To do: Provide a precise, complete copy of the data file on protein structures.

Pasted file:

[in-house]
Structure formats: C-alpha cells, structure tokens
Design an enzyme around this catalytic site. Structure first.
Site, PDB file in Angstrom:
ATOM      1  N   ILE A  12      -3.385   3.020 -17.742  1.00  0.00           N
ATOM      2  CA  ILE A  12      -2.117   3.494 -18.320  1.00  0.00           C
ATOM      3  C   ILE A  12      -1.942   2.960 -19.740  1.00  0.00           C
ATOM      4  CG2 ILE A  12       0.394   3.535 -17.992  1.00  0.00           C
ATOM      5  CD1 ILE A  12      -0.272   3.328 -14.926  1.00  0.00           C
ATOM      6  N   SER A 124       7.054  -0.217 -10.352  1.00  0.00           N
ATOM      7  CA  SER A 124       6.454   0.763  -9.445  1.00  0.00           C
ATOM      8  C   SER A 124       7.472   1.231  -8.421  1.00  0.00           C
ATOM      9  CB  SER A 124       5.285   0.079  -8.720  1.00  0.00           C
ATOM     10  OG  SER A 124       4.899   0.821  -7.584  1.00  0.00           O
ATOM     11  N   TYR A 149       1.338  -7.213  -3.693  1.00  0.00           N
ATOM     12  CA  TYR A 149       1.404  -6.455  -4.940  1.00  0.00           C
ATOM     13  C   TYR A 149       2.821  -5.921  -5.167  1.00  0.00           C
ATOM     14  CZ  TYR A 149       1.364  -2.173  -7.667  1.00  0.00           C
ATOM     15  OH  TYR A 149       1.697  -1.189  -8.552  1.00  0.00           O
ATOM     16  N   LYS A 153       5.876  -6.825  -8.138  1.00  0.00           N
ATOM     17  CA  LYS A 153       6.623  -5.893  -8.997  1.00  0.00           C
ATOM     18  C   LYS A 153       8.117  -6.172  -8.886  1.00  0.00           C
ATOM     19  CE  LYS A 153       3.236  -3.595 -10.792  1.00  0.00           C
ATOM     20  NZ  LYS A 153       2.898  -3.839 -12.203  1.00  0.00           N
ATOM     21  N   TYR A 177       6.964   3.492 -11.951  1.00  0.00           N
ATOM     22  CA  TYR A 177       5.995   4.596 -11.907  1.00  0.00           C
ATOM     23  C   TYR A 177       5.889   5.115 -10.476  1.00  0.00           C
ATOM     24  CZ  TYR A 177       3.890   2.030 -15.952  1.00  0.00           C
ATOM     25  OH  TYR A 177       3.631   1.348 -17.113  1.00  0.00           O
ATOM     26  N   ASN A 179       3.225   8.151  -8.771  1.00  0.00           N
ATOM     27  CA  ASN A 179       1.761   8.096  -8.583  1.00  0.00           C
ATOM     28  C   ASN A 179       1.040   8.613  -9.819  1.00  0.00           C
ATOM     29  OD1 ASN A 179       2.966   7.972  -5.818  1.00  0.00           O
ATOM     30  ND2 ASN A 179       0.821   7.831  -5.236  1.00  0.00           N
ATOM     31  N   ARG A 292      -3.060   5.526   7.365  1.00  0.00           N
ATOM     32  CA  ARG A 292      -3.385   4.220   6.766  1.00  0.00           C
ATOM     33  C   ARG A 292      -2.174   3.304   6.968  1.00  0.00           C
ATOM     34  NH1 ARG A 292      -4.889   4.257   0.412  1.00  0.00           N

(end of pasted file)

[in-house]
Structure formats: C-alpha cells, structure tokens
Design an enzyme around this catalytic site. Structure first.
Site, PDB file in Angstrom:
ATOM      1  N   ILE A  12      -3.385   3.020 -17.742  1.00  0.00           N
ATOM      2  CA  ILE A  12      -2.117   3.494 -18.320  1.00  0.00           C
ATOM      3  C   ILE A  12      -1.942   2.960 -19.740  1.00  0.00           C
ATOM      4  CG2 ILE A  12       0.394   3.535 -17.992  1.00  0.00           C
ATOM      5  CD1 ILE A  12      -0.272   3.328 -14.926  1.00  0.00           C
ATOM      6  N   SER A 124       7.054  -0.217 -10.352  1.00  0.00           N
ATOM      7  CA  SER A 124       6.454   0.763  -9.445  1.00  0.00           C
ATOM      8  C   SER A 124       7.472   1.231  -8.421  1.00  0.00           C
ATOM      9  CB  SER A 124       5.285   0.079  -8.720  1.00  0.00           C
ATOM     10  OG  SER A 124       4.899   0.821  -7.584  1.00  0.00           O
ATOM     11  N   TYR A 149       1.338  -7.213  -3.693  1.00  0.00           N
ATOM     12  CA  TYR A 149       1.404  -6.455  -4.940  1.00  0.00           C
ATOM     13  C   TYR A 149       2.821  -5.921  -5.167  1.00  0.00           C
ATOM     14  CZ  TYR A 149       1.364  -2.173  -7.667  1.00  0.00           C
ATOM     15  OH  TYR A 149       1.697  -1.189  -8.552  1.00  0.00           O
ATOM     16  N   LYS A 153       5.876  -6.825  -8.138  1.00  0.00           N
ATOM     17  CA  LYS A 153       6.623  -5.893  -8.997  1.00  0.00           C
ATOM     18  C   LYS A 153       8.117  -6.172  -8.886  1.00  0.00           C
ATOM     19  CE  LYS A 153       3.236  -3.595 -10.792  1.00  0.00           C
ATOM     20  NZ  LYS A 153       2.898  -3.839 -12.203  1.00  0.00           N
ATOM     21  N   TYR A 177       6.964   3.492 -11.951  1.00  0.00           N
ATOM     22  CA  TYR A 177       5.995   4.596 -11.907  1.00  0.00           C
ATOM     23  C   TYR A 177       5.889   5.115 -10.476  1.00  0.00           C
ATOM     24  CZ  TYR A 177       3.890   2.030 -15.952  1.00  0.00           C
ATOM     25  OH  TYR A 177       3.631   1.348 -17.113  1.00  0.00           O
ATOM     26  N   ASN A 179       3.225   8.151  -8.771  1.00  0.00           N
ATOM     27  CA  ASN A 179       1.761   8.096  -8.583  1.00  0.00           C
ATOM     28  C   ASN A 179       1.040   8.613  -9.819  1.00  0.00           C
ATOM     29  OD1 ASN A 179       2.966   7.972  -5.818  1.00  0.00           O
ATOM     30  ND2 ASN A 179       0.821   7.831  -5.236  1.00  0.00           N
ATOM     31  N   ARG A 292      -3.060   5.526   7.365  1.00  0.00           N
ATOM     32  CA  ARG A 292      -3.385   4.220   6.766  1.00  0.00           C
ATOM     33  C   ARG A 292      -2.174   3.304   6.968  1.00  0.00           C
ATOM     34  NH1 ARG A 292      -4.889   4.257   0.412  1.00  0.00           N